Economics

Why Homeownership Is Falling – Despite Lower Prices: Look to the Job Market

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By Susanne Trimbath and Juan Montoya

There’s something about “Housing Affordability” that makes it very popular: Presidents past and present set goals around it. The popularity of this perennial policy goal rests on the feel-good idea that everyone would live in a home that they own if only they could afford it. Owning your own home is declared near and far to be the American Dream.

Recently, however, it seems that Americans’ aren’t all having the same dream. Despite improving conditions of affordability, home sales continue to decline.  read more »

The Panic of 2008: How Bad Is It?

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Just how bad is the current economic downturn? It is frequently claimed that the crash of 2008 is the worst economic downturn since the Great Depression. There is plenty of reason to accept this characterization, though we clearly are not suffering the widespread hardship of the Depression era. Looking principally at historical household wealth data from the Federal Reserve Board’s Flow of Funds Accounts of the United States, summarized in our Value of Household Residences, Stocks & Mutual Funds: 1952-2008, we can conclude it’s pretty bad, but nothing yet like the early 1930s.  read more »

The Decline of Los Angeles

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Next week, Antonio Villaraigosa will be overwhelmingly re-elected mayor of Los Angeles. Do not, however, take the size of his margin – he faces no significant opposition – as evidence that all is well in the city of angels.

Whatever His Honor says to the media, the sad reality remains that Los Angeles has fallen into a serious secular decline. This constitutes one of the most rapid – and largely unnecessary – municipal reversals in fortune in American urban history.  read more »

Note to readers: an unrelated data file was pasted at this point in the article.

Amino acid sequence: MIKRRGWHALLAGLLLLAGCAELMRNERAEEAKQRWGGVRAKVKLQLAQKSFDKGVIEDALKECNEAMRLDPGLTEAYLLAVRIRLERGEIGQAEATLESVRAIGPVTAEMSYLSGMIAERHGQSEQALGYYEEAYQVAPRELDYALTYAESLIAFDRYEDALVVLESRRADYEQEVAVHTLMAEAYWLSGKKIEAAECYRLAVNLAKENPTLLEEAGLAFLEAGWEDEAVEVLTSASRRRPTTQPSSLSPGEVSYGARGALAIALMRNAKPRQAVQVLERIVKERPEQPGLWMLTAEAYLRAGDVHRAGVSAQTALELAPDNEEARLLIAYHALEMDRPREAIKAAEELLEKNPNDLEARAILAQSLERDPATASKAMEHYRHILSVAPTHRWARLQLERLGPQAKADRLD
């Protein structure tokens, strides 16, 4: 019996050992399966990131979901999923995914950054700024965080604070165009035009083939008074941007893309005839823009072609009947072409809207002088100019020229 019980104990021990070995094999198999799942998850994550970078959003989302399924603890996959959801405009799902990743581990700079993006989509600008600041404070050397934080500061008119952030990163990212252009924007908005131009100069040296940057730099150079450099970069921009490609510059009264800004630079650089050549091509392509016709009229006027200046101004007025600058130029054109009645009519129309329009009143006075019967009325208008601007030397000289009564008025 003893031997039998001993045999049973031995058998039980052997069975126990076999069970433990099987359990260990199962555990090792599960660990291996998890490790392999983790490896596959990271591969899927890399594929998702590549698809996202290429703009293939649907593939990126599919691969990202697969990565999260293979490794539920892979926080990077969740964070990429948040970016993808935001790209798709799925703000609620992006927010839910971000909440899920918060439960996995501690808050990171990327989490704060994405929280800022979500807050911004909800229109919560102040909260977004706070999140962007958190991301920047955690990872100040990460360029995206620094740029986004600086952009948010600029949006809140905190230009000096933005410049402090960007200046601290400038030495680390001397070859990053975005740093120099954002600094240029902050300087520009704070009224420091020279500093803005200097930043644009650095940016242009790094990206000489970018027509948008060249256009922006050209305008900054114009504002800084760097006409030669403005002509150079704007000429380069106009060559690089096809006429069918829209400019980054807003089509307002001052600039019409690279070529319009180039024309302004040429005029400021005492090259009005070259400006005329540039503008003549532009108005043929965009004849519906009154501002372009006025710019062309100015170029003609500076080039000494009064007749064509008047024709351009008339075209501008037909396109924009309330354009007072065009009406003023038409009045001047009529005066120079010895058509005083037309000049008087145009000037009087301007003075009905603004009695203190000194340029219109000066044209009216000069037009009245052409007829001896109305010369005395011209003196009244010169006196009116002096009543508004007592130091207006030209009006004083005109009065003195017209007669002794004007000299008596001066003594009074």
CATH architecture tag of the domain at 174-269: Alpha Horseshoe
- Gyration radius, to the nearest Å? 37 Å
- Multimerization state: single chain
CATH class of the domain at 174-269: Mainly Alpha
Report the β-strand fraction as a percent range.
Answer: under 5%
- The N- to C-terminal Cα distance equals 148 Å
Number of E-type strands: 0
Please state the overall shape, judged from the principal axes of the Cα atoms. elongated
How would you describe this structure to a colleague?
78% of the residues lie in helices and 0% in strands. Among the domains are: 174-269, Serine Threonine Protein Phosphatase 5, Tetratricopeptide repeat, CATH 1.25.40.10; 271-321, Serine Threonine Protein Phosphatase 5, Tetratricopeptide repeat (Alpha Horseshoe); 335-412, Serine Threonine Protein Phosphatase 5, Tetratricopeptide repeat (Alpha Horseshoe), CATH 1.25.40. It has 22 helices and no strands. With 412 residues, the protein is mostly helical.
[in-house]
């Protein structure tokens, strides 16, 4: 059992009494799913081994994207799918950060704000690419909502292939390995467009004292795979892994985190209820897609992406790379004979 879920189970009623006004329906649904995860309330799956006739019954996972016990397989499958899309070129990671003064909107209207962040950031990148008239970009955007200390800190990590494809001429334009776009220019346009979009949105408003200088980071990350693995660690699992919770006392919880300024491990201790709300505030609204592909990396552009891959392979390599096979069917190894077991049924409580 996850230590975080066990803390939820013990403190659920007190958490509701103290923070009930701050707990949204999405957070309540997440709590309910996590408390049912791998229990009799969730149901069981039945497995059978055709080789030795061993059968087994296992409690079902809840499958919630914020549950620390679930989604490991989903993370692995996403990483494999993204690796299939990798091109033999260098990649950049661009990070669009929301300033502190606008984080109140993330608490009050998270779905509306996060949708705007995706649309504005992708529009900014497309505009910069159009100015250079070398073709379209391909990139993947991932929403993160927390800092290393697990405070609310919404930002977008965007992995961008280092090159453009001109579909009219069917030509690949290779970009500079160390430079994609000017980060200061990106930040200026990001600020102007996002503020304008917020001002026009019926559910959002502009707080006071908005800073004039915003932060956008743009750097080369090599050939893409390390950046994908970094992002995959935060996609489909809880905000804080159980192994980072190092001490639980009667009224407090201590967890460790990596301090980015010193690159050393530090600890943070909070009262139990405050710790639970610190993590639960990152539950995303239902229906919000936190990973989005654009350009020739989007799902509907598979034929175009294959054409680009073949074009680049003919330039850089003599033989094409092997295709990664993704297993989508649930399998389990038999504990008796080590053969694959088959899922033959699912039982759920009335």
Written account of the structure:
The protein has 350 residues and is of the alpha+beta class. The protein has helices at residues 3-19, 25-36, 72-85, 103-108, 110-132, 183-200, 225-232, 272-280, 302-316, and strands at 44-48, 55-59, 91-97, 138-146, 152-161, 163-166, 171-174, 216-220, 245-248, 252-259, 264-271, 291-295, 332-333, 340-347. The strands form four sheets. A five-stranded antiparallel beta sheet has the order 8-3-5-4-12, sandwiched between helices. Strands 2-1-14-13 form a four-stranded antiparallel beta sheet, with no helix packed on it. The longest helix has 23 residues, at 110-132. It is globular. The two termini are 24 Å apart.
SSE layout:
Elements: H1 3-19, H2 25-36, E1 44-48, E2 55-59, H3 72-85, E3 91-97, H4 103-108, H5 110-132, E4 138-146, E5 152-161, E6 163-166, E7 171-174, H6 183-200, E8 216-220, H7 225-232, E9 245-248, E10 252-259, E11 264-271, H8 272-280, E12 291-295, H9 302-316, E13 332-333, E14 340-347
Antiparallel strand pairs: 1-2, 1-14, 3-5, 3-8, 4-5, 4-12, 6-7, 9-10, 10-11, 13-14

Death of the California Dream

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For decades, California has epitomized America's economic strengths: technological excellence, artistic creativity, agricultural fecundity and an intrepid entrepreneurial spirit. Yet lately California has projected a grimmer vision of a politically divided, economically stagnant state. Last week its legislature cut a deal to close its $42 billion budget deficit, but its larger problems remain.  read more »

Oregon Fail: With Hard Times Ahead for Business and Real Estate, It's Time to Look Small

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There is something about Oregon that ignites something close to poetic inspiration, even among the most level-headed types. When I asked Hank Hoell recently about the state, he waxed on about hiking the spectacular Cascades, the dreamy coastal towns and the rich farmlands of the green Willamette Valley.

"Oregon," enthused Hoell, president of LibertyBank, the state's largest privately owned bank, from his office in Eugene, "is America's best-kept secret. If quality of life matters at all, Oregon has it in spades. It is as good as it gets. It's just superb."  read more »